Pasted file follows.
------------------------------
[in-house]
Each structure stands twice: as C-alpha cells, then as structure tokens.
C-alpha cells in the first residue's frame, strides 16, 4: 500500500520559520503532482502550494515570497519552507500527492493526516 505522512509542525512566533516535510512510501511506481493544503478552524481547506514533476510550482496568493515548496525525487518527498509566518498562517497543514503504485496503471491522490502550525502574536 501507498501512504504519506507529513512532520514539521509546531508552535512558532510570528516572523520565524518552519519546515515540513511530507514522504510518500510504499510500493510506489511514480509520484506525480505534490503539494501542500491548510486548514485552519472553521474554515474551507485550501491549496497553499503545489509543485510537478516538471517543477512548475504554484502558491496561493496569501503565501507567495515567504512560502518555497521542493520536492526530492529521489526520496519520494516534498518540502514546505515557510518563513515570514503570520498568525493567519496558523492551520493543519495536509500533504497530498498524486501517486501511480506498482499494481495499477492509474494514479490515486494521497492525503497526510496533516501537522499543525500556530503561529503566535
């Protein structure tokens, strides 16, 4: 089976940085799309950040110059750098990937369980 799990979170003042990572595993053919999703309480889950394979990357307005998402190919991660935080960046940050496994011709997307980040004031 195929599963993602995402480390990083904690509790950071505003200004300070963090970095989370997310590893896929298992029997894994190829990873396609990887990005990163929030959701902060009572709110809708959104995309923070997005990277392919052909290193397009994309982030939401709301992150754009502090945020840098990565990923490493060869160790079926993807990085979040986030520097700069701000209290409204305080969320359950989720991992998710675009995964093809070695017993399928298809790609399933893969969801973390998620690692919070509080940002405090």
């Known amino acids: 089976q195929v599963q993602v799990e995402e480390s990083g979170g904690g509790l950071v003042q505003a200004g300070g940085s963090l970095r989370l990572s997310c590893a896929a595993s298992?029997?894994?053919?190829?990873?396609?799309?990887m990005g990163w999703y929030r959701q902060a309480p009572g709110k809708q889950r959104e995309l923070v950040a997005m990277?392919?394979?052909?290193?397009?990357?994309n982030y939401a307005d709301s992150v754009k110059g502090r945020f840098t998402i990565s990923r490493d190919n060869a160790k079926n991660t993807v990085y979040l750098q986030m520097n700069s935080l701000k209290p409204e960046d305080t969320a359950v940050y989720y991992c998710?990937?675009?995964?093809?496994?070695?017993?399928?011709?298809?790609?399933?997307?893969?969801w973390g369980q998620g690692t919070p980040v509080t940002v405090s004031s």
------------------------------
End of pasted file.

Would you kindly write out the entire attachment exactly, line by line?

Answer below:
[in-house]
Each structure stands twice: as C-alpha cells, then as structure tokens.
C-alpha cells in the first residue's frame, strides 16, 4: 500500500520559520503532482502550494515570497519552507500527492493526516 505522512509542525512566533516535510512510501511506481493544503478552524481547506514533476510550482496568493515548496525525487518527498509566518498562517497543514503504485496503471491522490502550525502574536 501507498501512504504519506507529513512532520514539521509546531508552535512558532510570528516572523520565524518552519519546515515540513511530507514522504510518500510504499510500493510506489511514480509520484506525480505534490503539494501542500491548510486548514485552519472553521474554515474551507485550501491549496497553499503545489509543485510537478516538471517543477512548475504554484502558491496561493496569501503565501507567495515567504512560502518555497521542493520536492526530492529521489526520496519520494516534498518540502514546505515557510518563513515570514503570520498568525493567519496558523492551520493543519495536509500533504497530498498524486501517486501511480506498482499494481495499477492509474494514479490515486494521497492525503497526510496533516501537522499543525500556530503561529503566535
């Protein structure tokens, strides 16, 4: 089976940085799309950040110059750098990937369980 799990979170003042990572595993053919999703309480889950394979990357307005998402190919991660935080960046940050496994011709997307980040004031 195929599963993602995402480390990083904690509790950071505003200004300070963090970095989370997310590893896929298992029997894994190829990873396609990887990005990163929030959701902060009572709110809708959104995309923070997005990277392919052909290193397009994309982030939401709301992150754009502090945020840098990565990923490493060869160790079926993807990085979040986030520097700069701000209290409204305080969320359950989720991992998710675009995964093809070695017993399928298809790609399933893969969801973390998620690692919070509080940002405090």
């Known amino acids: 089976q195929v599963q993602v799990e995402e480390s990083g979170g904690g509790l950071v003042q505003a200004g300070g940085s963090l970095r989370l990572s997310c590893a896929a595993s298992?029997?894994?053919?190829?990873?396609?799309?990887m990005g990163w999703y929030r959701q902060a309480p009572g709110k809708q889950r959104e995309l923070v950040a997005m990277?392919?394979?052909?290193?397009?990357?994309n982030y939401a307005d709301s992150v754009k110059g502090r945020f840098t998402i990565s990923r490493d190919n060869a160790k079926n991660t993807v990085y979040l750098q986030m520097n700069s935080l701000k209290p409204e960046d305080t969320a359950v940050y989720y991992c998710?990937?675009?995964?093809?496994?070695?017993?399928?011709?298809?790609?399933?997307?893969?969801w973390g369980q998620g690692t919070p980040v509080t940002v405090s004031s």